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Vahid Taslimitehrani's Dissertation Defense: Friday, February 19 2015.
Ph.D. Committee: Drs. Guozhu Dong, Advisor, T.K. Prasad, Amit Sheth, Keke Chen
and Jyotishman Pathak, Division of Health Informatics, Weill Cornell Medical College, Cornell University.
Regression and classification techniques play an essential role in many data mining tasks and have broad applications. However, most of the state-of-the-art regression and classification techniques are often unable to adequately model the interactions among predictor variables in highly heterogeneous datasets. New techniques that can effectively model such complex and heterogeneous structures are needed to significantly improve prediction accuracy.
In this dissertation, we propose a novel type of accurate and interpretable regression and classification models, named as Pattern Aided Regression (PXR) and Pattern Aided Classification (PXC) respectively. Both PXR and PXC rely on identifying regions in the data space where a given baseline model has large modeling errors, characterizing such regions using patterns, and learning specialized models for those regions. Each PXR/PXC model contains several pairs of contrast patterns and local models, where a local classifier is applied only to data instances matching its associated pattern. We also propose a class of classification and regression techniques called Contrast Pattern Aided Regression (CPXR) and Contrast Pattern Aided Classification (CPXC) to build accurate and interpretable PXR and PXC models.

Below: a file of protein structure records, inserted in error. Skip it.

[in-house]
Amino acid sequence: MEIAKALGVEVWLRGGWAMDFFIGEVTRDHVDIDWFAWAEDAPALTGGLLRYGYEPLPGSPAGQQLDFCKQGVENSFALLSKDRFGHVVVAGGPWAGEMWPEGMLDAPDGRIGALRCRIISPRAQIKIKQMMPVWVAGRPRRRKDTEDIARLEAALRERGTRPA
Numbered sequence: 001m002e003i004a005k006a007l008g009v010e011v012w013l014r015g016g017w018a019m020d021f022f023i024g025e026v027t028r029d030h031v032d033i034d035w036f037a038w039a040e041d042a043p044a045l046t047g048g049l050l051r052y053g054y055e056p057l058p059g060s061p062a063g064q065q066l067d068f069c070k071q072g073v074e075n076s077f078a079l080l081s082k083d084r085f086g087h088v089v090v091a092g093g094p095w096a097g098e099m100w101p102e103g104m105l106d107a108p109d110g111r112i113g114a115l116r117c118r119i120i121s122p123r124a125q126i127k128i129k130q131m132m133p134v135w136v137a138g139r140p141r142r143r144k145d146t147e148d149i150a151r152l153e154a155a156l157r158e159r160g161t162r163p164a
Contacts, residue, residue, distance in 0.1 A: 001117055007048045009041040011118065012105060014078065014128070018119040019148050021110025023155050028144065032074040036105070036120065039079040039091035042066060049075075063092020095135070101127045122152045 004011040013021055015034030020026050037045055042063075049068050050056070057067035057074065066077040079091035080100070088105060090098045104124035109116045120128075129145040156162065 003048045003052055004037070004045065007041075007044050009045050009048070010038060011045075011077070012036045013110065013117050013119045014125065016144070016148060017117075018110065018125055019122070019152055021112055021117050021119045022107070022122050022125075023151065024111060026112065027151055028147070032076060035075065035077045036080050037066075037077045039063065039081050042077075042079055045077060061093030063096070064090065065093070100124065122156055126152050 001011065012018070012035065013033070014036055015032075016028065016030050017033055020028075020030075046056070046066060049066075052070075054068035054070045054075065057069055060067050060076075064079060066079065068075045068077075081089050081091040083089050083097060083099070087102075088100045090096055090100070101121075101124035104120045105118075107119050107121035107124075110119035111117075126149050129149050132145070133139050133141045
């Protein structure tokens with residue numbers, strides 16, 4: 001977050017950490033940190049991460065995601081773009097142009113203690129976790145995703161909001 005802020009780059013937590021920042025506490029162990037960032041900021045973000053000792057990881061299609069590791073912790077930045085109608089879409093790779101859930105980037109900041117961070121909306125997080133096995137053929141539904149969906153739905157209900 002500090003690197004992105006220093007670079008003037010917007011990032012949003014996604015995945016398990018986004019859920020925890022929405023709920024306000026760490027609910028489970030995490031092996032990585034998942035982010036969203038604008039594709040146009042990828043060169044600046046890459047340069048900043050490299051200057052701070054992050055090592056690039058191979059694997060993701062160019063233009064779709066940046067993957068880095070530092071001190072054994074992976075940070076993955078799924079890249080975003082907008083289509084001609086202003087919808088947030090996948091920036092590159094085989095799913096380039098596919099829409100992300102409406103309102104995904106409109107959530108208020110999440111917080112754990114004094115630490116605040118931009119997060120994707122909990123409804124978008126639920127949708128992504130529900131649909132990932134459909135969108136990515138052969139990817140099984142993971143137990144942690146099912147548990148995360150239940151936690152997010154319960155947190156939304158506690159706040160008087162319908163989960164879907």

We have conducted a set of comprehensive performance studies to evaluate the performance of CPXR and CPXC. The results show that CPXR and CPXC outperform state-of-the-art regression and classification algorithms, often by significant margins. The results also show that CPXR and CPXC are especially effective for heterogeneous and high dimensional datasets. Besides being new types of modeling, PXR and PXC models can also provide insights into data heterogeneity and diverse predictor-response relationships.
We have also adapted CPXC to handle classifying imbalanced datasets and introduced a new algorithm called Contrast Pattern Aided Classification for Imbalanced Datasets (CPXCim). In CPXCim, we applied a weighting method to boost minority instances as well as a new filtering method to prune patterns with imbalanced matching datasets.
Finally, we applied our techniques on three real applications, two in the healthcare domain and one in the soil mechanic domain. PXR and PXC models are significantly more accurate than other learning algorithms in those three applications.